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A Quick Ropes Quick Guide to Climbing Ropes

Posted by Shane Gray on

 QuickGuide

In the climbing world there are two different types of rope commonly used. Static ropes are usually used for abseiling, rappelling, rescue or for ascending, lowering or hauling gear. They should NEVER be used for lead climbing or for fall arrest applications.
Dynamic ropes are used for both leisure and industrial climbing applications where there is the possibility of a fall and they protect the climber by absorbing the impact. Dynamic ropes come in several different guises- single, half/double and twin.

 

Dynamic ropes
A dynamic rope is designed to stretch under an impact load. This stretch factor or “elongation” is usually given as a percentage of the ropes length. Dynamic ropes use this elongation to absorb much of the impact in a fall.

 

The stretchier a rope is the less impact force you will feel. Dynamic elongation is the amount the rope will stretch when someone falls.

 

For example the Edelrid Shikra has a dynamic elongation of 33 % which means a 60m rope will stretch up to 20m when someone falls on it.

 

Static elongation (also known as working elongation) is how much the rope will stretch if it is used with a static load of 80 kg hanging on it.

 

The figure for the 8.5mm Shikra is 9%. An easy way to visualize this is if you tried to lift an 80 kilogram weight off the ground from 60m above with the Shikra will stretch 5.4m before the object leaves the ground!

 

Every time a dynamic rope is stretched by a fall it weakens it slightly so it's important to keep a log of your falls so you can track the wear on your rope and know when to retire it.

 

If you fall and the rope you are attached to has no stretch serious injury will occur so it’s really important to match the rope to the job you want it to do.

 

Dynamic ropes can be used for abseiling and hauling gear but a static rope will perform better and last longer in these applications.

 

There are different types of Dynamic rope for different uses as follows.


Single ropes are made to be used singly and are usually between 8.9mm and 11mm in diameter. Lengths used vary from 30m to 70m. A 50m or 60m is a good all round length to buy.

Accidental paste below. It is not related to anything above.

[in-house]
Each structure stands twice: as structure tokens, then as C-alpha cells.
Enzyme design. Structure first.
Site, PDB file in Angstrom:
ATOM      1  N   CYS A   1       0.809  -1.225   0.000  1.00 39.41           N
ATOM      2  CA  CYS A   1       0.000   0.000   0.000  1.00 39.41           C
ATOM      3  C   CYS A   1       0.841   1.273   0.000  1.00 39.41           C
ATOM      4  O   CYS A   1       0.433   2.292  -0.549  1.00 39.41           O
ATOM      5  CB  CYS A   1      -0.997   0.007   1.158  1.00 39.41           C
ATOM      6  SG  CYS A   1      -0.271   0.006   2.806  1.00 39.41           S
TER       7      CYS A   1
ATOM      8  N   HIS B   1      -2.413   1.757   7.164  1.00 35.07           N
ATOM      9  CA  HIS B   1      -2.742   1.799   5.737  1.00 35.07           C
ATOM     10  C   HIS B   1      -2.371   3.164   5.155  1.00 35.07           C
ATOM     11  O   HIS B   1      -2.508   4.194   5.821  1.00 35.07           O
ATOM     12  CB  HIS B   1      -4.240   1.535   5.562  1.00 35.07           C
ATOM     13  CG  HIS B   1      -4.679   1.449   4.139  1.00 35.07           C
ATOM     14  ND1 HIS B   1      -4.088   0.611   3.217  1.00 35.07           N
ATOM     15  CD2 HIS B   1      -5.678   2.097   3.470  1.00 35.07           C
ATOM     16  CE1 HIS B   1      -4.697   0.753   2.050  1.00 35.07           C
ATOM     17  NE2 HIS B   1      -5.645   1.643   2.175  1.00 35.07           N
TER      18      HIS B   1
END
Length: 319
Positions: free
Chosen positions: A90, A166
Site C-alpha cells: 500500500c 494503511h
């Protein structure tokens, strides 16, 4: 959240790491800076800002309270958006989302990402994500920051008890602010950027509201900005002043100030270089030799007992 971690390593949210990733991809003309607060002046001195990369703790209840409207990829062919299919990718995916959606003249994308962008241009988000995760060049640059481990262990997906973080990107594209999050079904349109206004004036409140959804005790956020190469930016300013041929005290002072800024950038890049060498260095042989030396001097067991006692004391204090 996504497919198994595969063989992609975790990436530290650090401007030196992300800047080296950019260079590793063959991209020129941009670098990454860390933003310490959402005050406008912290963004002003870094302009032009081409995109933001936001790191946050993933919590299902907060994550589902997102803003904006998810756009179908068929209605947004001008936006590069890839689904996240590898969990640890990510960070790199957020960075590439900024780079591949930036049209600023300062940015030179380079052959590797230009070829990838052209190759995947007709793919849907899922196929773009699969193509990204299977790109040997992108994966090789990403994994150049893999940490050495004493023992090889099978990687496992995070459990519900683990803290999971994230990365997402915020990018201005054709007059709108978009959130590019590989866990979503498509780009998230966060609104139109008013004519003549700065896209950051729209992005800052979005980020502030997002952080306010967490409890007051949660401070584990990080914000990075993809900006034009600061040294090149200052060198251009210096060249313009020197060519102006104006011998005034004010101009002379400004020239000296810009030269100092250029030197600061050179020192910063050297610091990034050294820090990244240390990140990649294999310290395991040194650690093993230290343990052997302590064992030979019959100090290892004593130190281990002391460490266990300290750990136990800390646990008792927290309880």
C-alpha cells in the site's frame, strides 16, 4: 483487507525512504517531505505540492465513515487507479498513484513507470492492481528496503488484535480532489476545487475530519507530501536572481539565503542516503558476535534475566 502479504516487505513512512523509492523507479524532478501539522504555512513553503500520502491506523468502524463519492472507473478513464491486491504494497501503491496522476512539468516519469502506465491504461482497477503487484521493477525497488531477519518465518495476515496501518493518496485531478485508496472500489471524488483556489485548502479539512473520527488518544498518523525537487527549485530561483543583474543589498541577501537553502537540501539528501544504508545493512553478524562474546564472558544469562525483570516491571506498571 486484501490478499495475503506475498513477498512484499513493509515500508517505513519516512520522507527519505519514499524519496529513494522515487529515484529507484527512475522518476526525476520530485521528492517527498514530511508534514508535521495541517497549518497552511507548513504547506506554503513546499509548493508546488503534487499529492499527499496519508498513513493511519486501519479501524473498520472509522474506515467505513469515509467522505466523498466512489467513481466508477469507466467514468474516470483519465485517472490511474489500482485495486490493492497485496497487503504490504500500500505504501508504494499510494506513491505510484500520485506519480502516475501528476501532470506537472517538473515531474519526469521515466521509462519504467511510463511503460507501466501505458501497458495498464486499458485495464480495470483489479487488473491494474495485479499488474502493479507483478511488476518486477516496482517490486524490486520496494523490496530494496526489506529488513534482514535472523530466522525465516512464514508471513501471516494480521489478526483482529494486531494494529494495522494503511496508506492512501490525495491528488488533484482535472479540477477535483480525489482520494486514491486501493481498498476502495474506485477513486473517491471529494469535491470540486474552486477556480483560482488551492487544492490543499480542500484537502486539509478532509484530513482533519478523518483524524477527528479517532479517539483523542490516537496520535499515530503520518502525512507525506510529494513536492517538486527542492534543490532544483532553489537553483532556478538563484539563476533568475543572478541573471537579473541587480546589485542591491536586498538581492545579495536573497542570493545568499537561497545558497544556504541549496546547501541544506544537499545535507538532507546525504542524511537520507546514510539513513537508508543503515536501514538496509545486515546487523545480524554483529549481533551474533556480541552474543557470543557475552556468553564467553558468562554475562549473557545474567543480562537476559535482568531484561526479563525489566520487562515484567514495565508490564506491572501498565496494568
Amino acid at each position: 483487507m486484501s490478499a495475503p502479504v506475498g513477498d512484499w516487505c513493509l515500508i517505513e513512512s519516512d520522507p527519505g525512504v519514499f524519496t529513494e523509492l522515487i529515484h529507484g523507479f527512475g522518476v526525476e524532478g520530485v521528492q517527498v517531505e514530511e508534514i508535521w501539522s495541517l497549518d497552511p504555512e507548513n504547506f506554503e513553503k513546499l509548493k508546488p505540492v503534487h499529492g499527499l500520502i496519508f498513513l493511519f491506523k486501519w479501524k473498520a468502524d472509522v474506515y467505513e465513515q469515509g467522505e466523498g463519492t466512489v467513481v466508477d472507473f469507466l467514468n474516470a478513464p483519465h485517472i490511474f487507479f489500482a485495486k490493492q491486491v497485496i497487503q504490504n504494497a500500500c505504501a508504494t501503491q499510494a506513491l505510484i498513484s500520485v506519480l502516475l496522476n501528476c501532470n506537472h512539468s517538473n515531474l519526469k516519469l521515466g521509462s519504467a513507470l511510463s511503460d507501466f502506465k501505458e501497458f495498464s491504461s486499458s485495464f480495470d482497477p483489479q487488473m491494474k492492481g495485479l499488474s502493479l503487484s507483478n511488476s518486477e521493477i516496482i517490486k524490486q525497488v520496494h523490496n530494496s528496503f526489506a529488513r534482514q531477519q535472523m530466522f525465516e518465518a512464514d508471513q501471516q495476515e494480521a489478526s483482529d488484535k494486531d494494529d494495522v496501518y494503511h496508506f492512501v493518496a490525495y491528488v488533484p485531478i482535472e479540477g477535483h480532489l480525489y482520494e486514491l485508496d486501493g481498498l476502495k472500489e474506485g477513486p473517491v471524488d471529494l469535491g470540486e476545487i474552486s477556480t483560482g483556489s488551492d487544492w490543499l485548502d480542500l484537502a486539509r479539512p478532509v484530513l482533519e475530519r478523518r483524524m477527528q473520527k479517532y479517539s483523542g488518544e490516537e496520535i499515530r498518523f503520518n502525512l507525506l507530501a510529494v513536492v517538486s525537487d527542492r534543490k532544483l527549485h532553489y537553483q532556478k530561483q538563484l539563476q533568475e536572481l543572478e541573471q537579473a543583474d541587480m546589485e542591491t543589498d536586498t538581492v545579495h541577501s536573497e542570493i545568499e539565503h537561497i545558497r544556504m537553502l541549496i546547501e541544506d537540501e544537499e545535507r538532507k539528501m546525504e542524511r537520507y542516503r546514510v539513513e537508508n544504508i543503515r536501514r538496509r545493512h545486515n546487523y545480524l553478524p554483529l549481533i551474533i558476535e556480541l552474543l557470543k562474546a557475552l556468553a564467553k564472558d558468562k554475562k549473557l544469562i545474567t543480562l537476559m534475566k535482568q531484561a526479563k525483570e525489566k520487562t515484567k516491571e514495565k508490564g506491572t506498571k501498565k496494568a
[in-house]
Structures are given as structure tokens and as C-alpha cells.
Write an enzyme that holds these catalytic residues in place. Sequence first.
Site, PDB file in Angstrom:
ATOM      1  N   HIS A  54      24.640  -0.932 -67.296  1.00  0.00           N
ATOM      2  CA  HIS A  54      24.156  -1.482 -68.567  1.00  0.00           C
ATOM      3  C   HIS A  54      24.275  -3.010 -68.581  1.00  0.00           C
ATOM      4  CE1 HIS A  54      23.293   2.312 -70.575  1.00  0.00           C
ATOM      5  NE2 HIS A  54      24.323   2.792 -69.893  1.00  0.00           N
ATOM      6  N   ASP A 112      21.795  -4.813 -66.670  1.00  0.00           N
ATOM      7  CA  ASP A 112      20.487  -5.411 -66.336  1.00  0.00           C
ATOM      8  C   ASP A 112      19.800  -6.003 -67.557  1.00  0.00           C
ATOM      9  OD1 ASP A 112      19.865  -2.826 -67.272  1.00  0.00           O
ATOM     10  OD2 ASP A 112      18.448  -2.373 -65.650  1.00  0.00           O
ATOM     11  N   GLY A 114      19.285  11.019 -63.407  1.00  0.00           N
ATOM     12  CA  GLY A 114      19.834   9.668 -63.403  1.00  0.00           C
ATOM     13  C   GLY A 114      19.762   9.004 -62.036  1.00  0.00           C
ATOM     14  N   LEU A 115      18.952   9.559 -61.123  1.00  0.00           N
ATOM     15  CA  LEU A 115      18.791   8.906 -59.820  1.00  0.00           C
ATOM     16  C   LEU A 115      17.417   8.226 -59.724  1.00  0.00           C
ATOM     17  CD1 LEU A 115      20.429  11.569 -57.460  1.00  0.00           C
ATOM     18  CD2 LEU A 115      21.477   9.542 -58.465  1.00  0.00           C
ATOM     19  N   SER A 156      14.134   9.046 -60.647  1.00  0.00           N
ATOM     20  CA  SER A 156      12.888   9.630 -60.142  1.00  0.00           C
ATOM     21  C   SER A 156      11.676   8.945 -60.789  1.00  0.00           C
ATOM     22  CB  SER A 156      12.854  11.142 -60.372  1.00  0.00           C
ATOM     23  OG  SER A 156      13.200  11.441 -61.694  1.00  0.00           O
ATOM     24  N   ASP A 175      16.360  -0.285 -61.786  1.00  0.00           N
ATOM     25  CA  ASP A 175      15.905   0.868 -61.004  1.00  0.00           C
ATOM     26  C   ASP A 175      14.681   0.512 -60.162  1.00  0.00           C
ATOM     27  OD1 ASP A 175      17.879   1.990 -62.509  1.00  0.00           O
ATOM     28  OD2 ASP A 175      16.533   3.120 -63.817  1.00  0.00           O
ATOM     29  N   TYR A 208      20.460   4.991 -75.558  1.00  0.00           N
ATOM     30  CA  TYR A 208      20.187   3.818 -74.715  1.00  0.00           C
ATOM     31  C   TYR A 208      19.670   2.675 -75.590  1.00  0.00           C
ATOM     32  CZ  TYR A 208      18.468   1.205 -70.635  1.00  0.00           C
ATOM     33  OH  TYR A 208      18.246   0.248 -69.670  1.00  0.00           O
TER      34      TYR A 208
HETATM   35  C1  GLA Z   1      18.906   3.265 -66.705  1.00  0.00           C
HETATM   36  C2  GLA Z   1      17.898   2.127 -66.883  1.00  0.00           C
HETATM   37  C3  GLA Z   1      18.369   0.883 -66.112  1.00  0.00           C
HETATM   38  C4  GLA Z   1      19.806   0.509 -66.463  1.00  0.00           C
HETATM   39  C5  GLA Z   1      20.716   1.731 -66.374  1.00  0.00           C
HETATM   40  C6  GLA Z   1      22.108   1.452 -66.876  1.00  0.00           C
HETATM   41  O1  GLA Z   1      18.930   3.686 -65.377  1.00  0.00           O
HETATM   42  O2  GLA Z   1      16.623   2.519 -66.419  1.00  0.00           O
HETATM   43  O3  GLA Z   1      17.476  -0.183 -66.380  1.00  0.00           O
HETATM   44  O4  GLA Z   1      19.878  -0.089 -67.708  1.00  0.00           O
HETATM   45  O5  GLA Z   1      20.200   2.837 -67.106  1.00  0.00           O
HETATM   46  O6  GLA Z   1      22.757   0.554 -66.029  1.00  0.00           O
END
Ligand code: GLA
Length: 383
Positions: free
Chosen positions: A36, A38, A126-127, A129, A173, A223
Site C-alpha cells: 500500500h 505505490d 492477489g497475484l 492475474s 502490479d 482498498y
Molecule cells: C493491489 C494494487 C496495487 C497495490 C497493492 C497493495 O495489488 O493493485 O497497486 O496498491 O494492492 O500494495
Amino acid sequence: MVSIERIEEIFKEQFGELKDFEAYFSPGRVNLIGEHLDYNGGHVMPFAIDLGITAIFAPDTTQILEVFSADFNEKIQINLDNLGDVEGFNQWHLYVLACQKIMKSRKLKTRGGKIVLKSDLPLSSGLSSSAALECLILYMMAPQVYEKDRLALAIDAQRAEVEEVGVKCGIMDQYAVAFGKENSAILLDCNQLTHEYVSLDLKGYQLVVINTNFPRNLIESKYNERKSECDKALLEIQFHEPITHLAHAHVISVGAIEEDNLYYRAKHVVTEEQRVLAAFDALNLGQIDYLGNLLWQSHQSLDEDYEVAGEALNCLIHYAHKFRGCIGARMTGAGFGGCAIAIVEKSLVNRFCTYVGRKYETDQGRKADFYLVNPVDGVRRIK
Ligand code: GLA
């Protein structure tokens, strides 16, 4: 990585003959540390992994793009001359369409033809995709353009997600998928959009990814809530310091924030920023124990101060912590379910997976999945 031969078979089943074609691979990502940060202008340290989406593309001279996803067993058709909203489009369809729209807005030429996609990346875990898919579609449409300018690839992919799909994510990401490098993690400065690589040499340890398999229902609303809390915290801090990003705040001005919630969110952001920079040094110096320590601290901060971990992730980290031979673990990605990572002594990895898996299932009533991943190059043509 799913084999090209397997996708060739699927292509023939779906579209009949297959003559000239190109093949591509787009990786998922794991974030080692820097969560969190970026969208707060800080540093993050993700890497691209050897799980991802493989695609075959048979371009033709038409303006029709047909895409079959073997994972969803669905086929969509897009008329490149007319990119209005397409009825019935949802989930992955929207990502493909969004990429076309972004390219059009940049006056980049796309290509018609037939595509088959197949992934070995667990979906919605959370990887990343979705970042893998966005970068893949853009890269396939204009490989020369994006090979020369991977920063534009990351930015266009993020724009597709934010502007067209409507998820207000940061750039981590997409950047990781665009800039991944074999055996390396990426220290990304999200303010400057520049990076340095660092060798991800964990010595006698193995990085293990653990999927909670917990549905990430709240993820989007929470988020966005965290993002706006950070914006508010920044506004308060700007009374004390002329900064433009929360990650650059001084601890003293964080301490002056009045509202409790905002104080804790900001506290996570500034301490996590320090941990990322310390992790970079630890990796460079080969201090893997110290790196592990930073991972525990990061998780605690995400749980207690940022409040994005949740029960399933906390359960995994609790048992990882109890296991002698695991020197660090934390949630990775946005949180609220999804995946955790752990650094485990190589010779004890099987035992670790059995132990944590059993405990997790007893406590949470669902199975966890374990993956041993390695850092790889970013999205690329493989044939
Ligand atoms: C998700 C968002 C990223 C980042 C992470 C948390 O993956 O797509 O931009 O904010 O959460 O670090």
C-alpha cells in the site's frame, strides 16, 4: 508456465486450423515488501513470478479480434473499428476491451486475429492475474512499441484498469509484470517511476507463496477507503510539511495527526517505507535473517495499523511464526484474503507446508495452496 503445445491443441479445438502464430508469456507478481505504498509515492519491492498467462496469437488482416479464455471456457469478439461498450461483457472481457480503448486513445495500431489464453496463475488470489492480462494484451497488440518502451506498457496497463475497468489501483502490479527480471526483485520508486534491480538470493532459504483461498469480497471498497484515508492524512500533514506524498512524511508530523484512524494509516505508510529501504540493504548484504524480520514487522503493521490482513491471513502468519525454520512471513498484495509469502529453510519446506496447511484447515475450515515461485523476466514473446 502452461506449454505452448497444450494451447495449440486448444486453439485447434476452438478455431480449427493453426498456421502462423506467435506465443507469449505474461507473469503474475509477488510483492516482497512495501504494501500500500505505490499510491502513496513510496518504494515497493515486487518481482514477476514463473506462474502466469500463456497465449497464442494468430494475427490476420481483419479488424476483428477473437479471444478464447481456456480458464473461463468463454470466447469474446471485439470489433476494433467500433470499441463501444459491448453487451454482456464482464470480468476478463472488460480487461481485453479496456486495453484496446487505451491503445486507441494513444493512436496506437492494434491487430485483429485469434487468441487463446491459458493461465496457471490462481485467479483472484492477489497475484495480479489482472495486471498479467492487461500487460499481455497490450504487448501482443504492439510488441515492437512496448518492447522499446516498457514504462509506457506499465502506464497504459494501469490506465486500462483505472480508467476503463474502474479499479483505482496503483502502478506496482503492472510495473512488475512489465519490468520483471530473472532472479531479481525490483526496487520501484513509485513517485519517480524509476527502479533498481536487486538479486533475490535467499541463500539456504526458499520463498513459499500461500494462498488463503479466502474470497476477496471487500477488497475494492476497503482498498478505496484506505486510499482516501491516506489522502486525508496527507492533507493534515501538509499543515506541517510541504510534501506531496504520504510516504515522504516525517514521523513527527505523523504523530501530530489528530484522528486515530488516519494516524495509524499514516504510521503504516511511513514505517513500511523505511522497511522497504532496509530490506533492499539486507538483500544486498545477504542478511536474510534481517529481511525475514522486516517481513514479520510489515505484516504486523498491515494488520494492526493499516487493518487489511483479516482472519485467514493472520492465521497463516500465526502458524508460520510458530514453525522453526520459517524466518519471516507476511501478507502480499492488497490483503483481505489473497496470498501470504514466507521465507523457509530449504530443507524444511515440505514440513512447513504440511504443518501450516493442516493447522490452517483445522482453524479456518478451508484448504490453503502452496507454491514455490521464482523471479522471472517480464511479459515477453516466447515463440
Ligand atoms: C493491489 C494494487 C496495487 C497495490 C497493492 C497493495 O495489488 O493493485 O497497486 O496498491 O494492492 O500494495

A 10mm single is a real workhorse rope that can hold up to lots of use and abuse. The large diameter is easy to hold and belay and the thicker sheath provides sharp-edge protection. The thicker the rope, the heavier it is for a given length and this can be an important consideration for climbers. 50 metres of wet rope hanging out of you can start to feel pretty heavy!

 

Skinnier singles are also used but they are harder to belay due to the reduced friction and they are more prone to damage.

 

Half or Double ropes are two separate ropes of the same size that are designed to be clipped independently into pieces of gear. Thinner than singles they are usually 8-9mm diameter and are great for multi-pitch rock or Alpine style routes.

 

They allow the leader to clip into different protection to the climbers below which places less load on gear in turn providing more safety for the second in the event of a fall on traverses.

 

As clips are alternated rope drag is also reduced when climbing and when its time to rappel down you can go twice as far by tying the two together. They also provide extra security if one rope is damaged by rock fall, sharp edges, or ice tools. Climbing this way takes a little more time and energy due to the extra bulk and weight of the ropes plus time spent managing belay transitions.

 

You need to avoid clipping both of the lead climber’s ropes in to the same piece of gear as it will double the impact force if both ropes arrest a fall.

 

Twin ropes are another useful two-rope setup using separate ropes of the same size that are designed to be clipped together through each piece of gear. These ropes are a reduced diameter, usually about 7-8 mm each. They are usually used for long rock, ice, mixed routes and expeditions that require light-weight gear and like half ropes allow you to rappel further. Since you have to clip both ropes through each piece of protection there will be more rope drag than with half ropes.

 

Static ropes

 
As their name suggest static ropes are NOT designed to take dynamic shock loads. They only have a small amount of stretch and are used for ascending, abseiling, lifting and lowering gear. We’ll say it again just so it’s clear, they should NEVER be used in place of a dynamic rope as serious injury can result if you fall.


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